For Immediate Release
August 31, 2006
Christy McGillivray, Clean Water Action: 248.514.9789
Brad van Guilder,
Kathy Evans, Timberland RC&D Area Council: 616-942-4111, ext. 156
Jill Montgomery, MPA,
Gail Gruenwald. Tip of the Mitt Watershed Council: 231-347-1181, ext. 103
Report: A Call to Action as Mounting Development Pressure
and Fragmented Oversight Threatens Economy, Ecology of
But fragmented and disjointed planning on the coasts is overseen by more than 400 separate jurisdictions, a confusing checkerboard of often contradictory and counterproductive rules, zoning laws and long-range plans. The result is a coastline where the character of towns and townships is under siege, and where family farms and important wildlife habitats are increasingly diced into slivers of their former selves.
The study, released today, recommends that state and local policy makers adopt a series of new laws, guidelines and research initiatives to collectively print a roadmap for coordinated coastal development.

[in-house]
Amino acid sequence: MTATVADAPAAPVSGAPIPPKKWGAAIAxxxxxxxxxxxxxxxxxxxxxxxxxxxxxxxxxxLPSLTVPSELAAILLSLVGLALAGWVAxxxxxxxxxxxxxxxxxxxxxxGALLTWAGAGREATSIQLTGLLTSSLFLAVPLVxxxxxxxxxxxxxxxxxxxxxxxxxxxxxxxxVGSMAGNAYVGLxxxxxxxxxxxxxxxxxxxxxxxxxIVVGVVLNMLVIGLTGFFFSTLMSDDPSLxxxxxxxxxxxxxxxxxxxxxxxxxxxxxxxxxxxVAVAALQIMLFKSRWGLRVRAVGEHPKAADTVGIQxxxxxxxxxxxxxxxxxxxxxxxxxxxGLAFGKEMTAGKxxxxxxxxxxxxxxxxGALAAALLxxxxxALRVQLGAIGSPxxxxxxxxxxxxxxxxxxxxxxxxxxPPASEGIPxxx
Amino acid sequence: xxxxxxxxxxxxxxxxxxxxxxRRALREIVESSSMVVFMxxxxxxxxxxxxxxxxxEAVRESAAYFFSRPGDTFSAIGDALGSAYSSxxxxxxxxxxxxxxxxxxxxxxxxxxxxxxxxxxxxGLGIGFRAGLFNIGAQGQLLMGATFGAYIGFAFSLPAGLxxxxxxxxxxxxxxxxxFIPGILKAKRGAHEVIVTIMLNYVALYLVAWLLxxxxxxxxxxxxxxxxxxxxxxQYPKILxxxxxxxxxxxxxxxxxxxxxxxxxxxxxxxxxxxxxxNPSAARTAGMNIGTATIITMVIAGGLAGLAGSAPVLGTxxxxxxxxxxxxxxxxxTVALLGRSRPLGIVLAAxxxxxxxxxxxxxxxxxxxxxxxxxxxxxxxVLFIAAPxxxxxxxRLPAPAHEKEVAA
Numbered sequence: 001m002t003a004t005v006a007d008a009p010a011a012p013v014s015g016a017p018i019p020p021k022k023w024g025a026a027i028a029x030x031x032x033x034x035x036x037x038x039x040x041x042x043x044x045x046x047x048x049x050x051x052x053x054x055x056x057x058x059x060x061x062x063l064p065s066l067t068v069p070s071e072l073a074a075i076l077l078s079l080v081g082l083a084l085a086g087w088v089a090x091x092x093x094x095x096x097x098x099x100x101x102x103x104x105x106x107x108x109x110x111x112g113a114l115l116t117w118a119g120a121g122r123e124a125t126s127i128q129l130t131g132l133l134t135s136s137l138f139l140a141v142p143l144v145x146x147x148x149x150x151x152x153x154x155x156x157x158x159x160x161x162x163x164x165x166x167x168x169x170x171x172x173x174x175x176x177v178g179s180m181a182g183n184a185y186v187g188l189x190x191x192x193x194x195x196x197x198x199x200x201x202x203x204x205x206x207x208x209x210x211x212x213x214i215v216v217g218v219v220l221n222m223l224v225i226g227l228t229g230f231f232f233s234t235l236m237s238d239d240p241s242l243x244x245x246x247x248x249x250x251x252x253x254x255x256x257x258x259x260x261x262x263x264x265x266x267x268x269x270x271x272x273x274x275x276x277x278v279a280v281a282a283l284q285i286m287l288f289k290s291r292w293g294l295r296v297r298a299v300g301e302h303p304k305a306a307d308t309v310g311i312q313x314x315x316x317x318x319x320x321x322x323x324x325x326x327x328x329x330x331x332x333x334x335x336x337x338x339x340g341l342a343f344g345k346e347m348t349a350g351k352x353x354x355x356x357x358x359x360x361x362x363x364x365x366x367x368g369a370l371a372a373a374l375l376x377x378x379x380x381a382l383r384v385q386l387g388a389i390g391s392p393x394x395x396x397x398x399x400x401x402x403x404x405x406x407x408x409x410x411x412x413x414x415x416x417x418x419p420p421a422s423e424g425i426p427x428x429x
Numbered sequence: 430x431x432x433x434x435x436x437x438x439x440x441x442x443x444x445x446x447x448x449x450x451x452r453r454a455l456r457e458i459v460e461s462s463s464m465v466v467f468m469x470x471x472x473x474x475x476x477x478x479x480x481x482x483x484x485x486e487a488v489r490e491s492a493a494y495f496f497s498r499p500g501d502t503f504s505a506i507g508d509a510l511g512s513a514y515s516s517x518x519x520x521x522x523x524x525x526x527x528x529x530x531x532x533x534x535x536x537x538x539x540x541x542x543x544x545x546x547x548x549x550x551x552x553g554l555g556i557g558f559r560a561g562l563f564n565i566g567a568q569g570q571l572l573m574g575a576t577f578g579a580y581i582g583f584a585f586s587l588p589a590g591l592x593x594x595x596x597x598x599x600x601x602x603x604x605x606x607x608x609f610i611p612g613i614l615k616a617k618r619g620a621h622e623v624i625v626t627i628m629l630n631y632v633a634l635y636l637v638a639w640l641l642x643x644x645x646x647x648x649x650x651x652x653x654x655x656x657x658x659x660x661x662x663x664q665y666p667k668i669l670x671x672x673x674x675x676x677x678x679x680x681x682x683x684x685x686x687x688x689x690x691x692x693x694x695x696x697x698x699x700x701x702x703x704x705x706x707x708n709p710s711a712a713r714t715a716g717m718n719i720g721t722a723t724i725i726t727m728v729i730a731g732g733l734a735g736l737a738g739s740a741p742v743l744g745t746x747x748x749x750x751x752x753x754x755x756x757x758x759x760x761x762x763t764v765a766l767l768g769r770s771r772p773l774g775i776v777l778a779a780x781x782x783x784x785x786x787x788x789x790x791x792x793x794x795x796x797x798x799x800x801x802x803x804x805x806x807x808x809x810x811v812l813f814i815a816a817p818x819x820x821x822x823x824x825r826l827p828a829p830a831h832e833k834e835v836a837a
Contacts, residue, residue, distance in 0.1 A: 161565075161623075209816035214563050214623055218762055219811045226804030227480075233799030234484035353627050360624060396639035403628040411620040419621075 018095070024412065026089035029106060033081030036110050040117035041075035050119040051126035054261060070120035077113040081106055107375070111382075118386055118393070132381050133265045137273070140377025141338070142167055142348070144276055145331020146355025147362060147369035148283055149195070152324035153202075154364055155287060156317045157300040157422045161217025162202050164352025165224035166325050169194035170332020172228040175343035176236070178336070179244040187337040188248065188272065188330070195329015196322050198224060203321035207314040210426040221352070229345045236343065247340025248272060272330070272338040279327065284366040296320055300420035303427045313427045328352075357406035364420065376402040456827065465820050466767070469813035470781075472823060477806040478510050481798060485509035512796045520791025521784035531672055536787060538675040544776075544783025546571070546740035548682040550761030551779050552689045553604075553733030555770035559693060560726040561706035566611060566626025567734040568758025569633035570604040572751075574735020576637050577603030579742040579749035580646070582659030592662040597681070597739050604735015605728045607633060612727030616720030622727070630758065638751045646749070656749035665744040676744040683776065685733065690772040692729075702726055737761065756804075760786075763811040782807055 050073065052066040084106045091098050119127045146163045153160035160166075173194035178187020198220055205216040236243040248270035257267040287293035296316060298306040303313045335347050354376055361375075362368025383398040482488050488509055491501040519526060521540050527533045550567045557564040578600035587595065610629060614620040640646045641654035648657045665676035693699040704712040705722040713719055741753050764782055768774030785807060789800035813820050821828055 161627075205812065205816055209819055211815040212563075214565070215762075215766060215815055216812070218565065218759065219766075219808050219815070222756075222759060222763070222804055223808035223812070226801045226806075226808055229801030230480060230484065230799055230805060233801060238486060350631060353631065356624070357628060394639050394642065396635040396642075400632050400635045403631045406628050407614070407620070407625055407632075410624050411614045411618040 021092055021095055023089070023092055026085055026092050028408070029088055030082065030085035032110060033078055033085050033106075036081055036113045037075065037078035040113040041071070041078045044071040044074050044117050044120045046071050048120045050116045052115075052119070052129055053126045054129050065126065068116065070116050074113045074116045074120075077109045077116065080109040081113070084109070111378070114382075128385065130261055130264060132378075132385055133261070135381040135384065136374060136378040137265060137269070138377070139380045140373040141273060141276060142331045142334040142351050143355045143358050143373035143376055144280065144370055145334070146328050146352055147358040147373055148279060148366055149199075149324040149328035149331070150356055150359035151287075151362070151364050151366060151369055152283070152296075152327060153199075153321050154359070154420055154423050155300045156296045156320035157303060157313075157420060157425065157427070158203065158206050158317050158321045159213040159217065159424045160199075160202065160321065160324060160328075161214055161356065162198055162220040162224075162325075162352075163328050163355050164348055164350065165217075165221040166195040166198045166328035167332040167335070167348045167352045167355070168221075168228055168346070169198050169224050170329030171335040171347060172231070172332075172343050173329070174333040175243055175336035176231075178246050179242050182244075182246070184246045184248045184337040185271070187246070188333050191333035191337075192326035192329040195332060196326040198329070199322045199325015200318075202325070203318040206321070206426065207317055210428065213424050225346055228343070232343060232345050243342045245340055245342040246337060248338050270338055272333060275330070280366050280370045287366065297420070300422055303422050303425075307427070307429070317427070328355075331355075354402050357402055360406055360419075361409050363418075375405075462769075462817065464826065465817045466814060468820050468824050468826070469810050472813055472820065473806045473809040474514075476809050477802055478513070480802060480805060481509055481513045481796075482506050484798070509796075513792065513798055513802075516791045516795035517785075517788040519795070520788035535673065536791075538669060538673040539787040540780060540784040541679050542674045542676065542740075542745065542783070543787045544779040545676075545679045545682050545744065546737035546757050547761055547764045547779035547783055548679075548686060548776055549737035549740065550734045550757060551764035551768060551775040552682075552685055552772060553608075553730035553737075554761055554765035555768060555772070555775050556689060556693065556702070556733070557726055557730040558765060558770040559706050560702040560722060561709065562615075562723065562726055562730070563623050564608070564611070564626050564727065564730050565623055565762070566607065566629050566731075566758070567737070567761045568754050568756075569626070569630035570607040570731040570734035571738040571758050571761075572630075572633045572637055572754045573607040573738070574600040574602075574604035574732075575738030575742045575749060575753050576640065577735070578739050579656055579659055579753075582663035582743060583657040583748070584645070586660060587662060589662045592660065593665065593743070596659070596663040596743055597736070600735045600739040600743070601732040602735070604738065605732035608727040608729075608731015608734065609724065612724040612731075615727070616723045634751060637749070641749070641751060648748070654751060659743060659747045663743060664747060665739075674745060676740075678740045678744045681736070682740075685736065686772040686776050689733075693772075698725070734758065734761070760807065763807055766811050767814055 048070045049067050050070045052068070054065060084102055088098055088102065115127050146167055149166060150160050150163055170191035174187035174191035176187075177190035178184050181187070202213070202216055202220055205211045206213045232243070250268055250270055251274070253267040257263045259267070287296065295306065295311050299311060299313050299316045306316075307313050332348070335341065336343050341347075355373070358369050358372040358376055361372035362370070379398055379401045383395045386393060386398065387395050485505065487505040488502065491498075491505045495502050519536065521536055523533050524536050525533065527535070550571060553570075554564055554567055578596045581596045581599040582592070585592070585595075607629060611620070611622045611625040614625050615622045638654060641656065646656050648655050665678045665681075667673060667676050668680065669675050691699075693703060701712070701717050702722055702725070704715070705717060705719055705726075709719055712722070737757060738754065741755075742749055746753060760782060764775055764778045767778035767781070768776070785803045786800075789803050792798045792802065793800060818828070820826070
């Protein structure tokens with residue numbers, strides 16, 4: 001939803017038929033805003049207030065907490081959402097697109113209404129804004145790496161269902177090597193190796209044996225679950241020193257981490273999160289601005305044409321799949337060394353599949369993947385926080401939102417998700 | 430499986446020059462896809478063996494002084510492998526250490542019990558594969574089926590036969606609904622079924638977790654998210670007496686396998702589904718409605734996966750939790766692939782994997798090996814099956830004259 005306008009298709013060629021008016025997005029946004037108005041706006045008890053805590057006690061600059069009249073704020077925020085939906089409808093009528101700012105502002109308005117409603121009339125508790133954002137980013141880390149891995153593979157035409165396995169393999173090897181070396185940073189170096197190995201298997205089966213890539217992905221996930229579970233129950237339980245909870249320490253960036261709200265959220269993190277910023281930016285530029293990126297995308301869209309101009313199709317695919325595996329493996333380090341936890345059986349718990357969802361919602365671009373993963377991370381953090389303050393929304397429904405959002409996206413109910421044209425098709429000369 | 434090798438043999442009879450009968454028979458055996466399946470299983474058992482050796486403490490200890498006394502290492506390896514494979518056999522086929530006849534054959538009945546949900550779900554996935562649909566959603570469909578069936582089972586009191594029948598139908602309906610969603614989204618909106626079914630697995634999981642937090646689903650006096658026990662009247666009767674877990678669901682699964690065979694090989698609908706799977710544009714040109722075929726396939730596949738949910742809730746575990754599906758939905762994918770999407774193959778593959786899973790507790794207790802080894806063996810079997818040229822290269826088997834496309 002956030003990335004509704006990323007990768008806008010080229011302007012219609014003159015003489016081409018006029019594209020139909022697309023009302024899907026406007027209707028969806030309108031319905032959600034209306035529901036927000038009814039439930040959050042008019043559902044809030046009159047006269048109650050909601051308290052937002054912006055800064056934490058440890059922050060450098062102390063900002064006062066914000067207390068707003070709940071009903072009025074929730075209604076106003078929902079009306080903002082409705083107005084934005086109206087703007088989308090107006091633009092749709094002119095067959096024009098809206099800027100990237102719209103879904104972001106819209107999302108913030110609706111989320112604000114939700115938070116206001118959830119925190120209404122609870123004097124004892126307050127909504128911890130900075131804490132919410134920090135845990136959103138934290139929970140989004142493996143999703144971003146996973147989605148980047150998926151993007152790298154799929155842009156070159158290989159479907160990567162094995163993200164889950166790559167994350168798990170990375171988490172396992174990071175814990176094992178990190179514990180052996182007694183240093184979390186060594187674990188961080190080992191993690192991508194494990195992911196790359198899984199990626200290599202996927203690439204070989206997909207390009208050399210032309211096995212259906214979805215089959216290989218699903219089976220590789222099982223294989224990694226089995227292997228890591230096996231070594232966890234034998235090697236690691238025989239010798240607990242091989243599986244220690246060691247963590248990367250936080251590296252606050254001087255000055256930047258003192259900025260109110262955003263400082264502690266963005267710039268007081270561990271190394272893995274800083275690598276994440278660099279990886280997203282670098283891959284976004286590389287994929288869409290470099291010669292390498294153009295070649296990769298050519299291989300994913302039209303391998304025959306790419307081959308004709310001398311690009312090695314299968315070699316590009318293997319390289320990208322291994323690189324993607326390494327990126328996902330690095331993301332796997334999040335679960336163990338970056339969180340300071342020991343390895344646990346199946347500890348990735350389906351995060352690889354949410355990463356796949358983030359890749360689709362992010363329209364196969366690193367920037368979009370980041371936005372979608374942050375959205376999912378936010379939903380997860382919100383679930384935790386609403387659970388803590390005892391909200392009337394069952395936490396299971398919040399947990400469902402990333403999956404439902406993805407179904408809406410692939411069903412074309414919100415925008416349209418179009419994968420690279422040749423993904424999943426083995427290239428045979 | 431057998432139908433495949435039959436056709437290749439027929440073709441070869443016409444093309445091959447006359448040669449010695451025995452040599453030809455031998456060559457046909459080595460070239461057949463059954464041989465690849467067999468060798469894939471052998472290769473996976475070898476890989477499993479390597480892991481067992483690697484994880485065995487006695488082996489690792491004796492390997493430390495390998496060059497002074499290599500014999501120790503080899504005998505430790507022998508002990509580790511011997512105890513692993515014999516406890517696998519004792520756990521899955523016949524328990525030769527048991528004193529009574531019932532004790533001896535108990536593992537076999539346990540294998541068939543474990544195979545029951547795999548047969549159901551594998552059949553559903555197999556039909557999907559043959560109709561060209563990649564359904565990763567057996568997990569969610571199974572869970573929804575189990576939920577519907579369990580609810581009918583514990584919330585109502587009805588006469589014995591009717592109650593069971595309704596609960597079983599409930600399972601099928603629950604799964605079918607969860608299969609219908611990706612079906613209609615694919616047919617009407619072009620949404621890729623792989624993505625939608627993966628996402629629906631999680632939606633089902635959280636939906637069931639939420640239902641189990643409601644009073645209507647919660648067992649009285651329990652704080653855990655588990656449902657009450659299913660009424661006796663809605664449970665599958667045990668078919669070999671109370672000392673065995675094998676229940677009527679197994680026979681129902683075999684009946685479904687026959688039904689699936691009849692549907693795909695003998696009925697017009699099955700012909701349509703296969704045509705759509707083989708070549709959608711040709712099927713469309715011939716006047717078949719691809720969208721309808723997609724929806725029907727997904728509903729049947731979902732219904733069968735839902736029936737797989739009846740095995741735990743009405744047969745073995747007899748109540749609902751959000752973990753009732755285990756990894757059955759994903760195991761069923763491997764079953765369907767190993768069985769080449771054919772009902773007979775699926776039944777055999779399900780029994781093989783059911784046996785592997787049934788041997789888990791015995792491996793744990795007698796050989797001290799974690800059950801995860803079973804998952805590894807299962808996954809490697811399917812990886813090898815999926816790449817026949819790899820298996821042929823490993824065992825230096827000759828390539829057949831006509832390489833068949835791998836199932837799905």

Four coastal communities -
With 3,288 miles of Great Lakes shore,
Among the recommendations in the report:
n The Michigan Department of Environmental Quality should create a committee to coordinate the various state agencies and programs working on coastal management, land use and water quality protection
n Local governments should use Smart Growth management tools, and work cross-jurisdictionally to achieve big-picture results
n Planning efforts must target specific areas for new growth and for resource protection, rather than relying on large lot sizes to achieve coastal protection
n Leaders from government, universities, sciences, business and recreation should convene to create strategies local governments can use to maximize coastal assets.
The full report is available online at http://www.mecprotects.org/DevelopingOurCoastlines.pdf
Hugh McDiarmid Jr.